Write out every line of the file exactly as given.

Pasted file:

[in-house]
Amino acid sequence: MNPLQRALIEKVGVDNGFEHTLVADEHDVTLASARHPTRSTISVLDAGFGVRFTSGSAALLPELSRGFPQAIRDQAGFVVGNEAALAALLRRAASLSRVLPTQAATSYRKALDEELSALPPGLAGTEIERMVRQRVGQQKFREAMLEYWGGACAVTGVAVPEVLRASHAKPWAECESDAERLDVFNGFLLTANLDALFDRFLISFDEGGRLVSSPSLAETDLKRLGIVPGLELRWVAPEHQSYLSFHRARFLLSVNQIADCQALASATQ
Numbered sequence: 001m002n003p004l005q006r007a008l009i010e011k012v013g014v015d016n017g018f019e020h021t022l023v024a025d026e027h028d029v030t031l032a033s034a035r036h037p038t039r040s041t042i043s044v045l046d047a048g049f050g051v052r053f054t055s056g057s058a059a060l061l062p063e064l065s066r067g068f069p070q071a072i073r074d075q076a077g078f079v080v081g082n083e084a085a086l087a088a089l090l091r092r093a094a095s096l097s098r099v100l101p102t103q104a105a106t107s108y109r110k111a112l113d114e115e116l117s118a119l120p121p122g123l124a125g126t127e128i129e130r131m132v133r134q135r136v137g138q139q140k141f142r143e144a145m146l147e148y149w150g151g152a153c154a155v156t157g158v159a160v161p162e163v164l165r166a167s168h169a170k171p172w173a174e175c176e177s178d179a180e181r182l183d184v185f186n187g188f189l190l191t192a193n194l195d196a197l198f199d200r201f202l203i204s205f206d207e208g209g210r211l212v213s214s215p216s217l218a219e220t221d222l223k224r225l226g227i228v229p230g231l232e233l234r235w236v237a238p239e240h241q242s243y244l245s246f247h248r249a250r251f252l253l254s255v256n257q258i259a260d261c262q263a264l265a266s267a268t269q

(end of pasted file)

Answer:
[in-house]
Amino acid sequence: MNPLQRALIEKVGVDNGFEHTLVADEHDVTLASARHPTRSTISVLDAGFGVRFTSGSAALLPELSRGFPQAIRDQAGFVVGNEAALAALLRRAASLSRVLPTQAATSYRKALDEELSALPPGLAGTEIERMVRQRVGQQKFREAMLEYWGGACAVTGVAVPEVLRASHAKPWAECESDAERLDVFNGFLLTANLDALFDRFLISFDEGGRLVSSPSLAETDLKRLGIVPGLELRWVAPEHQSYLSFHRARFLLSVNQIADCQALASATQ
Numbered sequence: 001m002n003p004l005q006r007a008l009i010e011k012v013g014v015d016n017g018f019e020h021t022l023v024a025d026e027h028d029v030t031l032a033s034a035r036h037p038t039r040s041t042i043s044v045l046d047a048g049f050g051v052r053f054t055s056g057s058a059a060l061l062p063e064l065s066r067g068f069p070q071a072i073r074d075q076a077g078f079v080v081g082n083e084a085a086l087a088a089l090l091r092r093a094a095s096l097s098r099v100l101p102t103q104a105a106t107s108y109r110k111a112l113d114e115e116l117s118a119l120p121p122g123l124a125g126t127e128i129e130r131m132v133r134q135r136v137g138q139q140k141f142r143e144a145m146l147e148y149w150g151g152a153c154a155v156t157g158v159a160v161p162e163v164l165r166a167s168h169a170k171p172w173a174e175c176e177s178d179a180e181r182l183d184v185f186n187g188f189l190l191t192a193n194l195d196a197l198f199d200r201f202l203i204s205f206d207e208g209g210r211l212v213s214s215p216s217l218a219e220t221d222l223k224r225l226g227i228v229p230g231l232e233l234r235w236v237a238p239e240h241q242s243y244l245s246f247h248r249a250r251f252l253l254s255v256n257q258i259a260d261c262q263a264l265a266s267a268t269q